How on earth have ‘feuding’ Kate and Meghan resisted the urge for a bare-knuckle street fight?

The royal women are the latest targets of our ludicrously high bar for the quality of female friendships

Shaparak Khorsandi
Friday 28 December 2018 15:59 GMT
Kate and Meghan all smiles as royals attend church in Sandringham

Did you see? DID YOU SEE? According the tabloid headlines which infiltrated my food-befogged Christmas bliss, Meghan and Kate put up a “united front” when attending the traditional royal Christmas church service at Sandringham. How wonderful that they walked elegantly up the path greeting well-wishers instead of rolling over each other pulling hair and screeching into each other’s faces as it would seem some expected.

For what it’s worth, two grown-ups who married into the same family being friendly and civil to each other is pretty normal. A far better use of “united front” is when two parents try desperately not to laugh and undermine each other as they scold their toddler for smearing poo on the walls.

If, like me, you idle into news sludge when you’re meant to be working, you’ll know that the relationship between these two women has been scrutinised and critiqued as through they were married to the same man rather than two entirely separate royal princes.

“Body language experts” (that was never an option offered to me by my careers advisor) have been drafted in to examine their gait, their glances. Fashion experts compare their outfits Kate’s says “quiet”, “dignified”, “motherhood”; Meghan’s says “flamingo”, “potato” and “sandwiches’’ or something along those lines.

Unless skipping hand in hand through meadows, these two high-profile women, neither of whom are permitted to have a cathartic rant on Twitter to put the rumours of a “rift” to bed, were always going to be pitted against each other. Why? Well, they are women of course.

For some reason we haven’t got our heads around that fact that when women aren’t best friends, that does not mean that they are foes. Again, through pathological procrastination, I know that Katy Perry and Taylor Swift don’t like each other. They were friends but fell out. So what? They don’t even work together.

Rumour has it that Mick Jagger and Keith Richards aren’t mates. The Gallagher brothers are a circus of brotherly hate, but two women falling out? “WHOSE SIDE ARE YOU ON?” the magazines scream. Are you in “CAMP KATY OR CAMP TAYLOR?” Or, to put it another way, ‘which of these women do you hate the least?

Even away from the celebrity and royal circuits, when two women don’t see eye to eye, it’s magnified into some sort of war. Have you ever heard someone say “meow” when one woman is complaining about another? Chances are you have. From now on, I’m going to bark when a man complains about another bloke. Shall we make that socially acceptable? In the name of fun if not equality.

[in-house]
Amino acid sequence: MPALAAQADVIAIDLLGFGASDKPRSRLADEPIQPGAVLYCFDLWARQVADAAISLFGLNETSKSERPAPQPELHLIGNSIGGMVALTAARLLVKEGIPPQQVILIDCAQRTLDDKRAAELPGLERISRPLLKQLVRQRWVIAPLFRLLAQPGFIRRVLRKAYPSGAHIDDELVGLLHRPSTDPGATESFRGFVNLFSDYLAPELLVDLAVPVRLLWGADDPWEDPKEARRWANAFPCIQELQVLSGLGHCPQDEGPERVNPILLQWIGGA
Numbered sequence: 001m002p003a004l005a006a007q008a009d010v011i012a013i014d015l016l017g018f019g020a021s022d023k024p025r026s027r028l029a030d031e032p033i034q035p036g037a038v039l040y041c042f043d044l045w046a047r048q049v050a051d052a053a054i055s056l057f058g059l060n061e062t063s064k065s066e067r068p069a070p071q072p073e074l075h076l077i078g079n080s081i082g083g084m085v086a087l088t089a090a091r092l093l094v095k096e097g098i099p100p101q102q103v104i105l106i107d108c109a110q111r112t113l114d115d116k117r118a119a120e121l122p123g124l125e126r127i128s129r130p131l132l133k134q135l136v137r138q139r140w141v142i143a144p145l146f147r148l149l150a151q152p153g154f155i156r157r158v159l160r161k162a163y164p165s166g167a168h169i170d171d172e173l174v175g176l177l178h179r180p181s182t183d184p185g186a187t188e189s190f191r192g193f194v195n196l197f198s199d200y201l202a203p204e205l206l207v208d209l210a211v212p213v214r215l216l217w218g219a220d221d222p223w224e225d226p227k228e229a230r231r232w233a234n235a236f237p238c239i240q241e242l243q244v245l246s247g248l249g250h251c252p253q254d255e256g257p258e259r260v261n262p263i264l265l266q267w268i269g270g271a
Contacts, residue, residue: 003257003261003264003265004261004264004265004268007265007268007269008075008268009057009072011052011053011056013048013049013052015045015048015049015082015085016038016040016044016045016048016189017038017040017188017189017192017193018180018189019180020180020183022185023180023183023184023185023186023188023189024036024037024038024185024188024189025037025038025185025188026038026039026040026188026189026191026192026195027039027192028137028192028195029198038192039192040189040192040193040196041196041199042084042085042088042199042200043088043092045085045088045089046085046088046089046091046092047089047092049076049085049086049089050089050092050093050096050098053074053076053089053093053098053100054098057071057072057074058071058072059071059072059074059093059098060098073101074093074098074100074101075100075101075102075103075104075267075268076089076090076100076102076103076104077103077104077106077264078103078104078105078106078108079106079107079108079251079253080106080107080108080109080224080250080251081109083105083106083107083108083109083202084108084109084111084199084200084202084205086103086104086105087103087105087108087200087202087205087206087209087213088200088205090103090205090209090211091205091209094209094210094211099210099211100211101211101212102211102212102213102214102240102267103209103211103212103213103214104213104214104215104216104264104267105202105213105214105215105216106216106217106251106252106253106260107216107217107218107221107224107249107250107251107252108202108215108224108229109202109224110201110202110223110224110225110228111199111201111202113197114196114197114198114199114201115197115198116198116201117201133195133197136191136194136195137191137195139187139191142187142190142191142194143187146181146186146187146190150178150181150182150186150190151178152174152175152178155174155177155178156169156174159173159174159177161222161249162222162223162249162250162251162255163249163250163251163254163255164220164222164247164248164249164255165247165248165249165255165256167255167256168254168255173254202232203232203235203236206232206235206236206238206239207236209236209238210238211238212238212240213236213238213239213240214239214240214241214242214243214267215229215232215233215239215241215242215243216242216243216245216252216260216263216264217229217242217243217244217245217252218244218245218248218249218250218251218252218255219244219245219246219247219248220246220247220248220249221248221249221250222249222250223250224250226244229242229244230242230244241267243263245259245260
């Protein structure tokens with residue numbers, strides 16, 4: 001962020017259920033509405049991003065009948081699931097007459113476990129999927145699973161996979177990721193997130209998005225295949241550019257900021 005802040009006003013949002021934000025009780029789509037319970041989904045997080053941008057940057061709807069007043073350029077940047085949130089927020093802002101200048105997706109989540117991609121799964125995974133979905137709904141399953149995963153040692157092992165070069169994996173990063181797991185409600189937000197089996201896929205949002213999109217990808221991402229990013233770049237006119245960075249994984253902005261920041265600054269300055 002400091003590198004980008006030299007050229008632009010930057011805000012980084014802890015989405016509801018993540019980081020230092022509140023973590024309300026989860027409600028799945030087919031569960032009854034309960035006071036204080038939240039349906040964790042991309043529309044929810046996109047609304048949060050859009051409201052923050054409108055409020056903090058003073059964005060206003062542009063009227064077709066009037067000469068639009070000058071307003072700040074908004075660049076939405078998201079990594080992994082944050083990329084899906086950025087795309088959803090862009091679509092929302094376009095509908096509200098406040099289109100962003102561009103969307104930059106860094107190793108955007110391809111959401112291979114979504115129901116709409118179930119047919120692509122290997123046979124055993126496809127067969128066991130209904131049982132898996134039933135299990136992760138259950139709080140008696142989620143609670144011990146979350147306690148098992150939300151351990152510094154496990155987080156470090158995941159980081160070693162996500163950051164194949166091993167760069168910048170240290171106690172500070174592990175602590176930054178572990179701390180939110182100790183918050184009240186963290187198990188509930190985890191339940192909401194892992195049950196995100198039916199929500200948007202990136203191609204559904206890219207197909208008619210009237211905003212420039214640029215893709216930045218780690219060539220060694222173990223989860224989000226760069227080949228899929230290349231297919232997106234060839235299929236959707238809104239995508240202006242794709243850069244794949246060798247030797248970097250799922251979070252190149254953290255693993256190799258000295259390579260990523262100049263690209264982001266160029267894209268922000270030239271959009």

There is an expectation for women to get on. All women. It’s almost understandable from a sociological point of view. Women form support networks, we look for alliances. Much as I have loved the male lovers in my life, it’s my friendships with women that have given me the emotional support, the belly laughs and conversations that help me make sense of whatever it is I’ve been trying to navigate.

I jumped out of a helicopter at the end of last year (my friend told me to do it). It was petrifying. As I floated down to planet Earth, which, by the way, from all the way up there looks like carpet underlay, I was full of emotion. It was so beautiful (I’m a big fan of underlay) and the thought that came to me crystal clear was: “I need to change my life; I do not see my girlfriends enough.” And I did.

I’ve never been one for “girls’ nights out”, it’s my own friends I want, not a gaggle of other people’s. I went to a hen night when I was 21 and have avoided every single one since. However, wherever I have worked or moved to, especially since having children, I’ve woven a network of female friends. Quite unconsciously. Women are like that.

“Fancy a coffee?” is an easy phrase between two women who barely know each other. It’s not the same for men, making friends as an adult seems trickier for them. A man saying “Mike, the bloke from down the road, has invited me out for cocktails” is rare.

You don’t have to be an expert to understand the innate bonding between women. It’ll have something to do with our ancient role as homemakers and child bearers.

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But even if you don’t make a home, or bear children, the wiring is the same. Prehistoric women needed other mums to go for a coffee with too. Those women you see in coffee shops with their buggies obstructing the way? I see them much derided on social media. Their mundane chatter about sleep patterns and poos may not be exciting for eavesdroppers, but what these women are doing, these sleep-deprived souls in charge of tiny, helpless humans, is hanging on to each other for dear life. It’s a survival mechanism, not just a craving for a latte.

So we – or more accurately, the media – try to find a chink in female relationships because women not being friends is seen as abnormal. This scrutiny makes working with other woman tricky. There is such pressure to all get on, disagreements in a workplace are amplified. When it’s two women who disagree, it’s a “cat fight” rather than a matter requiring two adults to work things out.

So who cares if Kate thinks Meghan is a bit of wazzock? Or if Meghan already resents Kate for inheriting the gold piano? Any grown-up who gives a toss needs to, well, grow up.

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